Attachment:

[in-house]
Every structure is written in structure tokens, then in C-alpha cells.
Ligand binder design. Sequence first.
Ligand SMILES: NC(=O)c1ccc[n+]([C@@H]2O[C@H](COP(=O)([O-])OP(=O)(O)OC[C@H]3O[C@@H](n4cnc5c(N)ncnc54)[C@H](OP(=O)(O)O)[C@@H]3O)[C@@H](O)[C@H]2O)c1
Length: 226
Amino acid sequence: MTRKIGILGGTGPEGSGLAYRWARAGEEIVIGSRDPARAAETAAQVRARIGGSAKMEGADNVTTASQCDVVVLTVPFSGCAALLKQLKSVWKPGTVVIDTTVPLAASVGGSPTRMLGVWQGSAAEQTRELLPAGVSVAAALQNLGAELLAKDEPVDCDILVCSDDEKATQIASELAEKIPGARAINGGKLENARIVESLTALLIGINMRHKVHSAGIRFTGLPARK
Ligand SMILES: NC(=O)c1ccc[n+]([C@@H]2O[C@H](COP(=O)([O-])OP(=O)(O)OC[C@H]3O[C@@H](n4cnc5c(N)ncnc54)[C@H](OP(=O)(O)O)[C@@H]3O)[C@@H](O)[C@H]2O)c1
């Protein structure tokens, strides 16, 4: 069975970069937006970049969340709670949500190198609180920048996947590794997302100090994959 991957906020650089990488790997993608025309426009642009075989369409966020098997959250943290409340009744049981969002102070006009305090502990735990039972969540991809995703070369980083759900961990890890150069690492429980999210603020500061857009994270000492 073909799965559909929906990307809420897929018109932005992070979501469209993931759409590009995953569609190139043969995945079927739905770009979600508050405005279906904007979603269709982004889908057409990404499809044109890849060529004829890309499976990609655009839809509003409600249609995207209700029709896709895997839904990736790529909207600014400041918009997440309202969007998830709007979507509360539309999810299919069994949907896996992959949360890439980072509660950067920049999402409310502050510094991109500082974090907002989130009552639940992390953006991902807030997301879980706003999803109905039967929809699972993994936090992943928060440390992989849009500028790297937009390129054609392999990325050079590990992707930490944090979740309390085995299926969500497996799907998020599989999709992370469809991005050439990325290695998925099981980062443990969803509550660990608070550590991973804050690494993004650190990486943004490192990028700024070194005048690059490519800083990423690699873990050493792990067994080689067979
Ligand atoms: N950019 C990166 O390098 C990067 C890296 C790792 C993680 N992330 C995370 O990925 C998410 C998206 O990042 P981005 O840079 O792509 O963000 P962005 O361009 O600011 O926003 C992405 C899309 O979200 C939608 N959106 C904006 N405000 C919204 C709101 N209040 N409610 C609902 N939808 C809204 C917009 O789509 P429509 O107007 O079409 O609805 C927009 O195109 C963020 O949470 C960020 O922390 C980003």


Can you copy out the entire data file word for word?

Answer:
[in-house]
Every structure is written in structure tokens, then in C-alpha cells.
Ligand binder design. Sequence first.
Ligand SMILES: NC(=O)c1ccc[n+]([C@@H]2O[C@H](COP(=O)([O-])OP(=O)(O)OC[C@H]3O[C@@H](n4cnc5c(N)ncnc54)[C@H](OP(=O)(O)O)[C@@H]3O)[C@@H](O)[C@H]2O)c1
Length: 226
Amino acid sequence: MTRKIGILGGTGPEGSGLAYRWARAGEEIVIGSRDPARAAETAAQVRARIGGSAKMEGADNVTTASQCDVVVLTVPFSGCAALLKQLKSVWKPGTVVIDTTVPLAASVGGSPTRMLGVWQGSAAEQTRELLPAGVSVAAALQNLGAELLAKDEPVDCDILVCSDDEKATQIASELAEKIPGARAINGGKLENARIVESLTALLIGINMRHKVHSAGIRFTGLPARK
Ligand SMILES: NC(=O)c1ccc[n+]([C@@H]2O[C@H](COP(=O)([O-])OP(=O)(O)OC[C@H]3O[C@@H](n4cnc5c(N)ncnc54)[C@H](OP(=O)(O)O)[C@@H]3O)[C@@H](O)[C@H]2O)c1
């Protein structure tokens, strides 16, 4: 069975970069937006970049969340709670949500190198609180920048996947590794997302100090994959 991957906020650089990488790997993608025309426009642009075989369409966020098997959250943290409340009744049981969002102070006009305090502990735990039972969540991809995703070369980083759900961990890890150069690492429980999210603020500061857009994270000492 073909799965559909929906990307809420897929018109932005992070979501469209993931759409590009995953569609190139043969995945079927739905770009979600508050405005279906904007979603269709982004889908057409990404499809044109890849060529004829890309499976990609655009839809509003409600249609995207209700029709896709895997839904990736790529909207600014400041918009997440309202969007998830709007979507509360539309999810299919069994949907896996992959949360890439980072509660950067920049999402409310502050510094991109500082974090907002989130009552639940992390953006991902807030997301879980706003999803109905039967929809699972993994936090992943928060440390992989849009500028790297937009390129054609392999990325050079590990992707930490944090979740309390085995299926969500497996799907998020599989999709992370469809991005050439990325290695998925099981980062443990969803509550660990608070550590991973804050690494993004650190990486943004490192990028700024070194005048690059490519800083990423690699873990050493792990067994080689067979
Ligand atoms: N950019 C990166 O390098 C990067 C890296 C790792 C993680 N992330 C995370 O990925 C998410 C998206 O990042 P981005 O840079 O792509 O963000 P962005 O361009 O600011 O926003 C992405 C899309 O979200 C939608 N959106 C904006 N405000 C919204 C709101 N209040 N409610 C609902 N939808 C809204 C917009 O789509 P429509 O107007 O079409 O609805 C927009 O195109 C963020 O949470 C960020 O922390 C980003």